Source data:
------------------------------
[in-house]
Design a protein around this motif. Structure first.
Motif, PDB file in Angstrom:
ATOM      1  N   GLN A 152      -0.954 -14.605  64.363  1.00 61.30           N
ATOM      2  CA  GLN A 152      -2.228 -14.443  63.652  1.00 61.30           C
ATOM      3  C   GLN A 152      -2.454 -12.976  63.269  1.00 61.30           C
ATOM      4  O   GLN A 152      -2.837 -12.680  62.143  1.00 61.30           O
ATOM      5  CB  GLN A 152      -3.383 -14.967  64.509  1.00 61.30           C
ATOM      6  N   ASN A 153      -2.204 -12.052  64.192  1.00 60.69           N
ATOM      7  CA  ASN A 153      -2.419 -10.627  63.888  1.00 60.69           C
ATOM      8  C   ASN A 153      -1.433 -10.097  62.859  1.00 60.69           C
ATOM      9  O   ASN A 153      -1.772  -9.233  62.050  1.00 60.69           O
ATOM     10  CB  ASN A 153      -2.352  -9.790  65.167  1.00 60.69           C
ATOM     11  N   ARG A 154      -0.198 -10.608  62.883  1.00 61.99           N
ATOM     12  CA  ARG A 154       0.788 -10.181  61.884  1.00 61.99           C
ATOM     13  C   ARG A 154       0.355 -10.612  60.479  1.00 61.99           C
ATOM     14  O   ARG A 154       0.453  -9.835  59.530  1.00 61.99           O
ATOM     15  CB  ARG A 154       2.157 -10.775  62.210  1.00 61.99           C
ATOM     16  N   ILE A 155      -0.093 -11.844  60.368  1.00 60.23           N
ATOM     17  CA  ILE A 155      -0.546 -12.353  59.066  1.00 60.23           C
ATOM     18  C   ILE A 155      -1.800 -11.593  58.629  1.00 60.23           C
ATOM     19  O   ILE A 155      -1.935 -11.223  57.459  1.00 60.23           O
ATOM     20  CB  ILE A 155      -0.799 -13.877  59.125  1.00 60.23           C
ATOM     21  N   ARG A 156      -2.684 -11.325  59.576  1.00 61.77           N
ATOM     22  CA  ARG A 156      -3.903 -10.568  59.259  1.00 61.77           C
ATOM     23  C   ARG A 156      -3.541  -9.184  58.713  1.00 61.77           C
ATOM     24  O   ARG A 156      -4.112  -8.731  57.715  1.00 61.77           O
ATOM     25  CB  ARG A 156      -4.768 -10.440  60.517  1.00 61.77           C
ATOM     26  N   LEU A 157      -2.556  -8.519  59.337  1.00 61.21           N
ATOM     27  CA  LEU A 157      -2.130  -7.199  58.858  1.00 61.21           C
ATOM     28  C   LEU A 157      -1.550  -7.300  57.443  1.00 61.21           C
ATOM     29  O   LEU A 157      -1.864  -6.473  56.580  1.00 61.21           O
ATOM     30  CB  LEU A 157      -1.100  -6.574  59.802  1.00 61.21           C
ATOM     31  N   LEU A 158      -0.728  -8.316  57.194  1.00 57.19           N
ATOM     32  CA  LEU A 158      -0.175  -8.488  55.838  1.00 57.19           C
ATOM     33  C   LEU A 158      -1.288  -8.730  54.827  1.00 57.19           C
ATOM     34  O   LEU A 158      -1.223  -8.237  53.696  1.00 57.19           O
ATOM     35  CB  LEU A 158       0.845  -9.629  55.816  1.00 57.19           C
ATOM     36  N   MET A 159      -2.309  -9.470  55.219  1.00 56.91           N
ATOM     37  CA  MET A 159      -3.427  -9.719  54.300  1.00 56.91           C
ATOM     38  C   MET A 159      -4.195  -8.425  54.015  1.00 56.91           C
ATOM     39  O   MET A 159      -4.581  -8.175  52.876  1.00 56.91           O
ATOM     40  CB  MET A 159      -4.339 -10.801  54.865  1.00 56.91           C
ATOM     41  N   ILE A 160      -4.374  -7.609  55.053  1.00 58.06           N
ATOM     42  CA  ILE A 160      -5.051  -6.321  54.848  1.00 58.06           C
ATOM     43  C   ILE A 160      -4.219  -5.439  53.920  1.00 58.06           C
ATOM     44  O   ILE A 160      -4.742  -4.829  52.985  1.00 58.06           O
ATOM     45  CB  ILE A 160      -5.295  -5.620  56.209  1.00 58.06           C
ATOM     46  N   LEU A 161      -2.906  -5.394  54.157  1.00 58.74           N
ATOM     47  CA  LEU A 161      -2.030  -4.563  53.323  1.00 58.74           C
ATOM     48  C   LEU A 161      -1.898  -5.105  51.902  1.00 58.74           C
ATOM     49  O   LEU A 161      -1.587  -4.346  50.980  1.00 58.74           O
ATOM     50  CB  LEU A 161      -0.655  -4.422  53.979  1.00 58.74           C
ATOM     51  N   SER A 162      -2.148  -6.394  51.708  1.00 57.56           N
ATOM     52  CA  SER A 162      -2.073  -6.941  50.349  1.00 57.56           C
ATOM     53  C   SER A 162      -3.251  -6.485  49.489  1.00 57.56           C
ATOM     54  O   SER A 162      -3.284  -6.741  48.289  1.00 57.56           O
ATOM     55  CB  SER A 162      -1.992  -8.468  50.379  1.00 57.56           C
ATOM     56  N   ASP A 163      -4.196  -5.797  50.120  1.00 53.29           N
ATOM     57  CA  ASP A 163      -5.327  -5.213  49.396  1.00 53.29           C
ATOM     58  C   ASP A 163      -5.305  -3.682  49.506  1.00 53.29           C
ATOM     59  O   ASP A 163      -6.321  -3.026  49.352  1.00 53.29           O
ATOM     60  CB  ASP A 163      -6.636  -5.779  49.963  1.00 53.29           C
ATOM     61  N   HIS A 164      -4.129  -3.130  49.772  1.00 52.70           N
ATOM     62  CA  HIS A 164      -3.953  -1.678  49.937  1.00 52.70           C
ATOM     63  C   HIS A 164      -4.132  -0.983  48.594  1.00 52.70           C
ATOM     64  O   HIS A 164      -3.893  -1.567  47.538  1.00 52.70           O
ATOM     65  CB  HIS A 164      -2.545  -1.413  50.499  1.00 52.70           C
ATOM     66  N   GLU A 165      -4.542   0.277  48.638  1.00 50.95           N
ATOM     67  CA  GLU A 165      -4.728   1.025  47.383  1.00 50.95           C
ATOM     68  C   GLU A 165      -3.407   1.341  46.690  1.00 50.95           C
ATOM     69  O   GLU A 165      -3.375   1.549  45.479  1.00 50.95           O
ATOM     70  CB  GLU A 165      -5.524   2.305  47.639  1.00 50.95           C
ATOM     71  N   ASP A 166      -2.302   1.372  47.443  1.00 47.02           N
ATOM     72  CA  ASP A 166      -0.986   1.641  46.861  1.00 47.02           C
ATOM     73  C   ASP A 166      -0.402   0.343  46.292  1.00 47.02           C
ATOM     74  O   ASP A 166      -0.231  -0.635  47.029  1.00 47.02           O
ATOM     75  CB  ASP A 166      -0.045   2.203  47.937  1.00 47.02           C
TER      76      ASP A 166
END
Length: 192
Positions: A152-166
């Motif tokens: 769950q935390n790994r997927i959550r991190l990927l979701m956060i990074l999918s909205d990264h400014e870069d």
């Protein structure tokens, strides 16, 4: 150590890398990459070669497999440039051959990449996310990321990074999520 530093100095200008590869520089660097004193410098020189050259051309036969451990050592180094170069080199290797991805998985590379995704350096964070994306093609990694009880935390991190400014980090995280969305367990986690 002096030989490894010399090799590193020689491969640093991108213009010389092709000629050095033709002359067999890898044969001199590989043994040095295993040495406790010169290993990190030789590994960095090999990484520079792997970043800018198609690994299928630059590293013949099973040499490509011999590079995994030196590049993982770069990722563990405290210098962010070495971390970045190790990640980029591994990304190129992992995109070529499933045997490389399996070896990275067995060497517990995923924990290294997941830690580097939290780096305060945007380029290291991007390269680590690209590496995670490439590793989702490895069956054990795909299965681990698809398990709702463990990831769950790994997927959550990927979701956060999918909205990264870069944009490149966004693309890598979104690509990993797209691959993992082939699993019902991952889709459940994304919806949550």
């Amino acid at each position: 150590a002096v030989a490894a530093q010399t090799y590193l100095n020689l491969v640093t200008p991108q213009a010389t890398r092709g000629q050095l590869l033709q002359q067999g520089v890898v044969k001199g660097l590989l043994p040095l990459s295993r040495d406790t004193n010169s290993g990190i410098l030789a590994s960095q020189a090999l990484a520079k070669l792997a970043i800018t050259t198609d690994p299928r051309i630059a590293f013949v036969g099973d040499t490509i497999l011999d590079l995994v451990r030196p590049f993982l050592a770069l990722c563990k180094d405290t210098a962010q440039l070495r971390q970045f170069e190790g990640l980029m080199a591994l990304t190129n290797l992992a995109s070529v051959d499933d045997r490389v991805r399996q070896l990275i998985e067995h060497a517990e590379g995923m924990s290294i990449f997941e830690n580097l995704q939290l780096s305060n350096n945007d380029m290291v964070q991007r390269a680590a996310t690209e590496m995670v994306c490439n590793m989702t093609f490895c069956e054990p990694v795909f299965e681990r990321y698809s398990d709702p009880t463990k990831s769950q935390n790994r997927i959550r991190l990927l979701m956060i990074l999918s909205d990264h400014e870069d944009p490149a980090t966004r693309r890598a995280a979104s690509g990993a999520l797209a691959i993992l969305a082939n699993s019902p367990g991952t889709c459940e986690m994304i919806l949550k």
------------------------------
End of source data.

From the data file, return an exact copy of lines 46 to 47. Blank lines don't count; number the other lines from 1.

ATOM     43  C   ILE A 160      -4.219  -5.439  53.920  1.00 58.06           C
ATOM     44  O   ILE A 160      -4.742  -4.829  52.985  1.00 58.06           O